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Quantum key distribution

(also QKD)

Quantum key distribution definition

Quantum key distribution is a secure method of communication with cryptographic protocols that use quantum mechanics. Any attempt to obtain encryption keys or eavesdrop alerts legitimate users, since observing a quantum system disturbs it in a measurable way.

See also: post-quantum cryptography, quantum cryptography, cryptographic key

How quantum key distribution works

  • Generation: The parties use a specialized system to generate a stream of photons (light particles).
  • Encoding: Each photon is randomly encoded with a specific quantum state based on the value of the key bit (either a 0 or 1) to be transmitted.
  • Transmission: One party sends the encoded photons to the other through a communication channel (such as an optical fiber).
  • Measurement: The receiving party randomly measures the quantum states of the photons using specialized detectors, assigning each photon a value of 0 or 1.
  • Comparison: The parties compare a subset of their measurement results over another communication channel — if they match, the quantum key distribution channel is secure. If there are discrepancies, the key exchange process is aborted.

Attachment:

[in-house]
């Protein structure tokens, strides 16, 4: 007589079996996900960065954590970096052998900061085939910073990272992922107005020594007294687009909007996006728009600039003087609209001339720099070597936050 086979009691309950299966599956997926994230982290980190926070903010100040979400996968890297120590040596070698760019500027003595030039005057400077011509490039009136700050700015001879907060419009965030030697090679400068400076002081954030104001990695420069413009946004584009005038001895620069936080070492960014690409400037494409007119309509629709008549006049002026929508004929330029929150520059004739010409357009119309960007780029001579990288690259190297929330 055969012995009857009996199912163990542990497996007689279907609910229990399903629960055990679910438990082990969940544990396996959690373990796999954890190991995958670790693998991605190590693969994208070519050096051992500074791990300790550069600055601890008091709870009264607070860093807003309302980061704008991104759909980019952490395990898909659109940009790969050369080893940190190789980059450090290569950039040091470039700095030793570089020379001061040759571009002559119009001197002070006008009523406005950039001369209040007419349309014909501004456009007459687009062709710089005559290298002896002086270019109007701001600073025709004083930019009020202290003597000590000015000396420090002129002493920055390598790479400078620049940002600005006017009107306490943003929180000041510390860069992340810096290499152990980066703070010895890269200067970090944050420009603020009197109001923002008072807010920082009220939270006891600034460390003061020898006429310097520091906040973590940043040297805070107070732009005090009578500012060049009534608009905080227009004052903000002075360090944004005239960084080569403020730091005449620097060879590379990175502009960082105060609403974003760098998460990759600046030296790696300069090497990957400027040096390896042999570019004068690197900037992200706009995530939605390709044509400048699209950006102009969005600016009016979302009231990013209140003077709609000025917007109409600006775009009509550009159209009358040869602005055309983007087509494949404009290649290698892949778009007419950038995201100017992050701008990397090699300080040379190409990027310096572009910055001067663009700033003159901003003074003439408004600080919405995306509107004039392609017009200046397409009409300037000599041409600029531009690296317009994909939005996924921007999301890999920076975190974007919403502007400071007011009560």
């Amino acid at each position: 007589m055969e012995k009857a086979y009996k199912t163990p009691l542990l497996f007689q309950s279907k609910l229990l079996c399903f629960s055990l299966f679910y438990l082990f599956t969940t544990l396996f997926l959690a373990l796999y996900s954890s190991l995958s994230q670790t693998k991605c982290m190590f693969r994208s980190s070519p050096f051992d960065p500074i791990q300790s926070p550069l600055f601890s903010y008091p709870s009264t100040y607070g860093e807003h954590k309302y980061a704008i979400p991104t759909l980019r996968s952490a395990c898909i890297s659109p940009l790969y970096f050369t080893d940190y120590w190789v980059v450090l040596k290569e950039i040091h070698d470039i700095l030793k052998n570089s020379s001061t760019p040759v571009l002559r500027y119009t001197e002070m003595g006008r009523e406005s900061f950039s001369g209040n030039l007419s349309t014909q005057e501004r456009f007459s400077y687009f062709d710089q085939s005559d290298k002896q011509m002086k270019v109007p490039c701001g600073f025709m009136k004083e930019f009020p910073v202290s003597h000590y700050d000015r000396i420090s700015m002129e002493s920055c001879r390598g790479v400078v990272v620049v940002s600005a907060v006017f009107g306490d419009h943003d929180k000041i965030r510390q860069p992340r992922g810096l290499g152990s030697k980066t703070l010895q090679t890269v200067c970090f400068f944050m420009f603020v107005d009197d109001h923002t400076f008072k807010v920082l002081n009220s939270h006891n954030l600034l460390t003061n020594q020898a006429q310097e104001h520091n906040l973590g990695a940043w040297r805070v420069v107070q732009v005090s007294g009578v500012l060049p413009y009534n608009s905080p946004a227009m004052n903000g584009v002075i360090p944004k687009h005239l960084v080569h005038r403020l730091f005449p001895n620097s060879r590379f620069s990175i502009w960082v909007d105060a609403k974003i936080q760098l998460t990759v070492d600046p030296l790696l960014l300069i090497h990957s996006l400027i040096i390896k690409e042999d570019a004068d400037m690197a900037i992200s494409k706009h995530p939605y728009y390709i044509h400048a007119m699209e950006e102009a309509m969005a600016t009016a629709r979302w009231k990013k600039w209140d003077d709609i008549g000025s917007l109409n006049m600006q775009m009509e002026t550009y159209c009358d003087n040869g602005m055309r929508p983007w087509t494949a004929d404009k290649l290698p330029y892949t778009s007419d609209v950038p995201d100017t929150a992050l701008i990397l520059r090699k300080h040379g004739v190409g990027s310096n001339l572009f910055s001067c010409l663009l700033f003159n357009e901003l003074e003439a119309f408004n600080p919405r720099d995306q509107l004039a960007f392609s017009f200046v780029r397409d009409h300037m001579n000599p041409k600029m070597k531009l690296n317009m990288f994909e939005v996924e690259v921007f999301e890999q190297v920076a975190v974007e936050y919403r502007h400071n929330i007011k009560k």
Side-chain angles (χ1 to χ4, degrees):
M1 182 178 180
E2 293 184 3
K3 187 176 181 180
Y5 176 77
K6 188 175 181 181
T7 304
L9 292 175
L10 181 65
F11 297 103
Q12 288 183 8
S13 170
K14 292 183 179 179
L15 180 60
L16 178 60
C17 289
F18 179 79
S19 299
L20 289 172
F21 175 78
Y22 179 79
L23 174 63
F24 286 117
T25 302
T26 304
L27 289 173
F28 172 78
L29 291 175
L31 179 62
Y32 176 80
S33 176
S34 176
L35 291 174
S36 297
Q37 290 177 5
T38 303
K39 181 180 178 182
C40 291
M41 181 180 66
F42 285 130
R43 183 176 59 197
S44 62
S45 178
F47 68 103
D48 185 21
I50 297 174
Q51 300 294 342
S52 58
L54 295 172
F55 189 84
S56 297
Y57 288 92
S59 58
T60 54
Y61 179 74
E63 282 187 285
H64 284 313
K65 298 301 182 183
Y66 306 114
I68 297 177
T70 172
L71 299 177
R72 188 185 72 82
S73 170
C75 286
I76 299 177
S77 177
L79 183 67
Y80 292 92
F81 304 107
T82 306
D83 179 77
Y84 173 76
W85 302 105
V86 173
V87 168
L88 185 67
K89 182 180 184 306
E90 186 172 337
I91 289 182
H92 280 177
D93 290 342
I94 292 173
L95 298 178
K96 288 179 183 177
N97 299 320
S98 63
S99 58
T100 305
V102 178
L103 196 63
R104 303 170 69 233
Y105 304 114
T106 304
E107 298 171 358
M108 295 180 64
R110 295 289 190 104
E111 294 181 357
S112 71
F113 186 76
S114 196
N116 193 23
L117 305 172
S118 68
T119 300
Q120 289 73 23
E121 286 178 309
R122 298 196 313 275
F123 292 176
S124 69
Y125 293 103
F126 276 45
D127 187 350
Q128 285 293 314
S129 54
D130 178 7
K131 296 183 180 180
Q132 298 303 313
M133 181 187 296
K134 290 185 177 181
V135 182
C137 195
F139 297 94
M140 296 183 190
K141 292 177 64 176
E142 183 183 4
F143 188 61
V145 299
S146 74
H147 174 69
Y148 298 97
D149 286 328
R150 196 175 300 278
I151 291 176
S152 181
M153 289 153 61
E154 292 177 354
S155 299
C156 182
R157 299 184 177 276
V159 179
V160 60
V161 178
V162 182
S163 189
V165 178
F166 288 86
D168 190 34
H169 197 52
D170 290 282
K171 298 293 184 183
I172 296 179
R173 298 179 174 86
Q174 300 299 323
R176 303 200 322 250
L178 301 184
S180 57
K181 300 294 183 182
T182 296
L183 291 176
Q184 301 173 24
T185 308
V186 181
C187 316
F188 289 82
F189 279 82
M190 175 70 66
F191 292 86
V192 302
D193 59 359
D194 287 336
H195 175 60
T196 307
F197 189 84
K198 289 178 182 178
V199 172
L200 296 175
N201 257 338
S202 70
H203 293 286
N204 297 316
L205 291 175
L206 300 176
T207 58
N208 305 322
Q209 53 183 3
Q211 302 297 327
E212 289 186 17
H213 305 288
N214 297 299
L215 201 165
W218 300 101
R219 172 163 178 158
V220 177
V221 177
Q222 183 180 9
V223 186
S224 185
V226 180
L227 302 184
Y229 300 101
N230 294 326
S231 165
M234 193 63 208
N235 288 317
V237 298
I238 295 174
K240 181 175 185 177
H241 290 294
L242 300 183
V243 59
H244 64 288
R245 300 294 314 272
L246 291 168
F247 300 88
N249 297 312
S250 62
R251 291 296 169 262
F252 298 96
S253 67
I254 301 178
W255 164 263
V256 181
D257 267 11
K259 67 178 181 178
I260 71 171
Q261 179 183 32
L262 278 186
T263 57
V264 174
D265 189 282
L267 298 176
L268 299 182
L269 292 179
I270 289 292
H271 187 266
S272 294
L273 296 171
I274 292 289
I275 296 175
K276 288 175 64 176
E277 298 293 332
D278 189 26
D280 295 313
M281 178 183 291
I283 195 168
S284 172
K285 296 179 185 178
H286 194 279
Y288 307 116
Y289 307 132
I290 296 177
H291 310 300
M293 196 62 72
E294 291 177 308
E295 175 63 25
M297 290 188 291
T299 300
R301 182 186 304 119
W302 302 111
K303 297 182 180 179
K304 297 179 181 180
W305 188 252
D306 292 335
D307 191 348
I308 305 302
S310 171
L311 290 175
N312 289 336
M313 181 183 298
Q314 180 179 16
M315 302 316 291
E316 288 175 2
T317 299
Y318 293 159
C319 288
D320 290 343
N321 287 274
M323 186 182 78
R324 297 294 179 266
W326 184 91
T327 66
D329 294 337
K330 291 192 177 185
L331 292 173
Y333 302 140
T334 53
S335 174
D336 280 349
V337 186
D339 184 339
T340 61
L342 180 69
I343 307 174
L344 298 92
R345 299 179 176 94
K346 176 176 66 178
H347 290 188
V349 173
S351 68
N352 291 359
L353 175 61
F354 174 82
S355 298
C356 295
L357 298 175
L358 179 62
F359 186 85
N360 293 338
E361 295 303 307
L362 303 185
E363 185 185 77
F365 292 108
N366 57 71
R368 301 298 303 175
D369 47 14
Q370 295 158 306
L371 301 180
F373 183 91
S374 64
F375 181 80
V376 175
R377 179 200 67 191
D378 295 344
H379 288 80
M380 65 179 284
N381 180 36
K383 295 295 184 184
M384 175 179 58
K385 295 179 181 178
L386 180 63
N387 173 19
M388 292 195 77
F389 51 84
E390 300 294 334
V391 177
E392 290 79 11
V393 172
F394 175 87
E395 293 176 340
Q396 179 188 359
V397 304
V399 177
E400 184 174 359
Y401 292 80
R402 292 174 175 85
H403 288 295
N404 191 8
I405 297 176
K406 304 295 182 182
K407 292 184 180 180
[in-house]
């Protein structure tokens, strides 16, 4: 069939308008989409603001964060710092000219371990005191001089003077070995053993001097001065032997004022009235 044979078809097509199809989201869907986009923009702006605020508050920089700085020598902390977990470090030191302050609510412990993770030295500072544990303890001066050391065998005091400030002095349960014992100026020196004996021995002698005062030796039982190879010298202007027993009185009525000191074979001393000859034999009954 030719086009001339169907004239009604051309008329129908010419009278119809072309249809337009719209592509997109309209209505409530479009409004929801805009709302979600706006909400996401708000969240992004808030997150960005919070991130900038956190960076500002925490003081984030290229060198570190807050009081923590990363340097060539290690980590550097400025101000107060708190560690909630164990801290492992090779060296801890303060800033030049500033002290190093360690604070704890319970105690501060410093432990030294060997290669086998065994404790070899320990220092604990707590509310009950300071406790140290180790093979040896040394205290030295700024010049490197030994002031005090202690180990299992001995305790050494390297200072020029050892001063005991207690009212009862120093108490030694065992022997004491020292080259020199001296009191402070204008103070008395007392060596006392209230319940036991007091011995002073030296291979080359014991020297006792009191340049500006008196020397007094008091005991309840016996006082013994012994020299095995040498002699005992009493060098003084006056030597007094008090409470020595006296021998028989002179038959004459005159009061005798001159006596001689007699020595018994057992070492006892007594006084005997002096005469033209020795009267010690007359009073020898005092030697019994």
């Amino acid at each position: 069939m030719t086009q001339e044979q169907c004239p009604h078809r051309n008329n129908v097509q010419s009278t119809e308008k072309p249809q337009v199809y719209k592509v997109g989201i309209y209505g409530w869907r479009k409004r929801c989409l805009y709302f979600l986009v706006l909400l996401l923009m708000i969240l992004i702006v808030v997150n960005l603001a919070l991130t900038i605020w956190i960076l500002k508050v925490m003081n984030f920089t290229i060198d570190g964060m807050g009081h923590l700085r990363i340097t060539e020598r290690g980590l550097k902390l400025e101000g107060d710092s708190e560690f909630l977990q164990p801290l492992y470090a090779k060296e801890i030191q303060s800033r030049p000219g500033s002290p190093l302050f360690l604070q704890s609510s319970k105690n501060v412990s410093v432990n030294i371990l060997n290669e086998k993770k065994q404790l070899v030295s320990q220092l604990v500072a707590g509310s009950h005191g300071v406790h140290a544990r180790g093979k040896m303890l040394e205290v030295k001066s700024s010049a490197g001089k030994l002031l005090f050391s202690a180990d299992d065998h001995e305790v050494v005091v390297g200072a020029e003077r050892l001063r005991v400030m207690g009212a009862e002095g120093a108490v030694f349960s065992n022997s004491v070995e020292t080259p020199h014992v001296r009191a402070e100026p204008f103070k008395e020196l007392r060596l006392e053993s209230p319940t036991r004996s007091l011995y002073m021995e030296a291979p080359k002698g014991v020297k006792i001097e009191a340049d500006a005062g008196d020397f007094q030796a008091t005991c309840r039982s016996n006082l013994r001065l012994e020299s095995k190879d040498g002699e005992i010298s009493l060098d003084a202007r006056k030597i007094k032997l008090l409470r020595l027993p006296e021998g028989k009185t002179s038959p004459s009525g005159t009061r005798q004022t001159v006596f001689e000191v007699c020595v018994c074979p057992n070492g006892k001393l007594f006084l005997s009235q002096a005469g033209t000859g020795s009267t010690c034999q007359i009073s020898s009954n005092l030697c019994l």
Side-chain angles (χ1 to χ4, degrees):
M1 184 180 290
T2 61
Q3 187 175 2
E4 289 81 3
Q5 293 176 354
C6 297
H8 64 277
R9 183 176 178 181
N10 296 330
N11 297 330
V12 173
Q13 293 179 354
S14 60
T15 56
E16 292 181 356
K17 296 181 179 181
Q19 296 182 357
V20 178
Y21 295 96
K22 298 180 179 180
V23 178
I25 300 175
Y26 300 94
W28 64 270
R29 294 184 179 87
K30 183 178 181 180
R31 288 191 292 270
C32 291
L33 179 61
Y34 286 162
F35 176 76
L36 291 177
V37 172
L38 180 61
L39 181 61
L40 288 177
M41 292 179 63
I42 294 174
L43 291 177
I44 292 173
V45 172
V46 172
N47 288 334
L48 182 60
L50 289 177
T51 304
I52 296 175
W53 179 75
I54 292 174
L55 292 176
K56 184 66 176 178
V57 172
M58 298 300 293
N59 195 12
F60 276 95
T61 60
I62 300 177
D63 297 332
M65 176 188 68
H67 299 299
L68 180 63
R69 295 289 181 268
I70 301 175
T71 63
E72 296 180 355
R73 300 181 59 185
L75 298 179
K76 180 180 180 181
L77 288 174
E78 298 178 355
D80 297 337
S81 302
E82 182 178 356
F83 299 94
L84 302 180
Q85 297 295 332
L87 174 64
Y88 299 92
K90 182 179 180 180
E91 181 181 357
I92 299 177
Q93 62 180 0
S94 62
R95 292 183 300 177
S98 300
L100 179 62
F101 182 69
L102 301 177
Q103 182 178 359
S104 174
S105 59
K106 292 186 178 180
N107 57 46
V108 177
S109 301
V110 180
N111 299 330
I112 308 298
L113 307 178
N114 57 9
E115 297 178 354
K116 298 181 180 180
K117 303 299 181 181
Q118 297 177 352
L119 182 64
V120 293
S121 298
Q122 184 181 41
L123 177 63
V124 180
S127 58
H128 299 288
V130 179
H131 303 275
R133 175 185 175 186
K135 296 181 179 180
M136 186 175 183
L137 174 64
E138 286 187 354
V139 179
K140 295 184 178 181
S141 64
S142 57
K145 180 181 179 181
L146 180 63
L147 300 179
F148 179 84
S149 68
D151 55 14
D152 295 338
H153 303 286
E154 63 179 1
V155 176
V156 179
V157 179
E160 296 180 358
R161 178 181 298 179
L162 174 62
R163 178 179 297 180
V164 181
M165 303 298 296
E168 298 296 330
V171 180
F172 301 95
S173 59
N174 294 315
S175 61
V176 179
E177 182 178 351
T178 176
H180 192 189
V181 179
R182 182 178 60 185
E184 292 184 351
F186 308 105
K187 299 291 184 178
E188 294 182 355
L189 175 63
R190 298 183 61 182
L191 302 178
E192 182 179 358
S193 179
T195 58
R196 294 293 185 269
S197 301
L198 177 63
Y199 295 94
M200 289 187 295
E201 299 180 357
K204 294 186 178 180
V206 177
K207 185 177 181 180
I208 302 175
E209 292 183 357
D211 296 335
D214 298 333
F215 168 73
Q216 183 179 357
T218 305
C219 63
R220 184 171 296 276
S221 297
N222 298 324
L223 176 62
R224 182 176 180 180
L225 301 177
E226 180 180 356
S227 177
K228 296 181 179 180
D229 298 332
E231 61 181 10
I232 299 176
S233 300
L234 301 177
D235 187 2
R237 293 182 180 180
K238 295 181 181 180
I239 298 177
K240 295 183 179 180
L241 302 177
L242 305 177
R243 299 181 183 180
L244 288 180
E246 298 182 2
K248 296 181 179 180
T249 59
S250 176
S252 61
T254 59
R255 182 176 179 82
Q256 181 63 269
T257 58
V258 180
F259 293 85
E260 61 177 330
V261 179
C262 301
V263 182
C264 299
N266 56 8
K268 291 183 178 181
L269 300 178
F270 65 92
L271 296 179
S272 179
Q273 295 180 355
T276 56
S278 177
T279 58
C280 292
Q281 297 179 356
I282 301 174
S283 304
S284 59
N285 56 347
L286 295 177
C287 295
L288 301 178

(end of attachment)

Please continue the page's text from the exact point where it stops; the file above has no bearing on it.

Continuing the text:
• Distillation: The parties carry out error correction and privacy amplification protocols to extract the final shared encryption key from the measurement results, eliminating any information that could have been obtained by third parties during the key exchange.
  • Communication: The parties can now apply symmetric encryption algorithms using the shared encryption key to secure their communications.

Real quantum key distribution use cases

  • Protecting financial data
  • Protecting high-value intellectual property
  • Secure communications in the defense sector
  • Protecting healthcare infrastructure
  • Communicating sensitive medical data
  • Preventing outside disruption of critical infrastructure, including utilities